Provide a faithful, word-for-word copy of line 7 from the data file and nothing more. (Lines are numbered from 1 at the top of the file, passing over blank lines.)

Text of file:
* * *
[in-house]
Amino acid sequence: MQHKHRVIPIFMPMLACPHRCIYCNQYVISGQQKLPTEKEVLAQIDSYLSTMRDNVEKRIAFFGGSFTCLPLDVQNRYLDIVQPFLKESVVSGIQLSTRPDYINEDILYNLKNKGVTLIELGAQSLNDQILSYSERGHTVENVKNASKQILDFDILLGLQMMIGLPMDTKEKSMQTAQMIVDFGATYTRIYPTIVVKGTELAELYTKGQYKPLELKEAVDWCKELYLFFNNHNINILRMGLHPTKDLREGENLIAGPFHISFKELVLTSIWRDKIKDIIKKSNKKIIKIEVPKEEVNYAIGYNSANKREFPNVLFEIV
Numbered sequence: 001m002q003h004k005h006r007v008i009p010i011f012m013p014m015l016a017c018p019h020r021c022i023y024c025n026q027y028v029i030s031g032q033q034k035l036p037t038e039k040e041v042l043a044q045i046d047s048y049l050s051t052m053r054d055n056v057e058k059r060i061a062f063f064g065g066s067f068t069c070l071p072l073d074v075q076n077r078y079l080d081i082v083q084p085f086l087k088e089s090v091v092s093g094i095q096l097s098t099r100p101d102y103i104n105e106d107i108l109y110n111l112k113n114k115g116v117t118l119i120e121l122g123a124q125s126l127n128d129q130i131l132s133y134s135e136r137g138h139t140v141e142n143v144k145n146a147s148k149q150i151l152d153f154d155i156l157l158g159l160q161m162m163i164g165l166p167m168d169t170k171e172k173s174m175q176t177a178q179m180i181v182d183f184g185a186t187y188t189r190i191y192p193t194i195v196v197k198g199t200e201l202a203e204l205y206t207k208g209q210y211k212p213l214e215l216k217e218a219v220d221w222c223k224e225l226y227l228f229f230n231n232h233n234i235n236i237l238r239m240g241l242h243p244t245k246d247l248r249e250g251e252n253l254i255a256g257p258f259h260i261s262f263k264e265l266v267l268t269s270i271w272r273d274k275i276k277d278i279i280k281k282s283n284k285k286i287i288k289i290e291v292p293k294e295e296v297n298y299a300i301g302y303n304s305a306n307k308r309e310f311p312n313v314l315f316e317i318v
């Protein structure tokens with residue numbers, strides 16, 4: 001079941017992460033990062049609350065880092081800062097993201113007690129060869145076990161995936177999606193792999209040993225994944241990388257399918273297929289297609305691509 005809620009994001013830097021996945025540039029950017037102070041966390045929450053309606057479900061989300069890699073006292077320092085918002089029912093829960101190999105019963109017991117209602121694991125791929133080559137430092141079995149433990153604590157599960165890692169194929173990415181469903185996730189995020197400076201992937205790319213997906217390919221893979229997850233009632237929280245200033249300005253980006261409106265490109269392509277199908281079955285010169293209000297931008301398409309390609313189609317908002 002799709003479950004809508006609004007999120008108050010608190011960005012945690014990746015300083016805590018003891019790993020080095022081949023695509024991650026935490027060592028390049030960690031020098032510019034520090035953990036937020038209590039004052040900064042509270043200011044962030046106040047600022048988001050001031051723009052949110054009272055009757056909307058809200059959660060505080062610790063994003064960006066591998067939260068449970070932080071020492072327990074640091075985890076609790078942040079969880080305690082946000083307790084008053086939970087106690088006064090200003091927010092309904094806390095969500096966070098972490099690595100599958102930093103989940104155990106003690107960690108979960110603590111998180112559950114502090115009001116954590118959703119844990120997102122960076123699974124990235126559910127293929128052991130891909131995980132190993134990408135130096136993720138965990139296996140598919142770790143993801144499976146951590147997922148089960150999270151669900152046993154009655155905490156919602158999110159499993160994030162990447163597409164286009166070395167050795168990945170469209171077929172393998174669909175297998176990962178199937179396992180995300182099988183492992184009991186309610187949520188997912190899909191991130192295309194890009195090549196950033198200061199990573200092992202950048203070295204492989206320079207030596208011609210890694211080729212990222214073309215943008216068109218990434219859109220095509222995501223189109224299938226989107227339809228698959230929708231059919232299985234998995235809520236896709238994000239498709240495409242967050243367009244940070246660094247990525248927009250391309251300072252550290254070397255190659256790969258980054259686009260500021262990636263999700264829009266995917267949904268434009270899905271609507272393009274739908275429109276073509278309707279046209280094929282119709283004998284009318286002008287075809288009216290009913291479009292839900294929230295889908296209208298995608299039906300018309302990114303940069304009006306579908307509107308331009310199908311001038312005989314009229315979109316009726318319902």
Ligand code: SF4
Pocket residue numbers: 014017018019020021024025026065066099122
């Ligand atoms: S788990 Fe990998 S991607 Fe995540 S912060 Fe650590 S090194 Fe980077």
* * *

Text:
């Ligand atoms: S788990 Fe990998 S991607 Fe995540 S912060 Fe650590 S090194 Fe980077």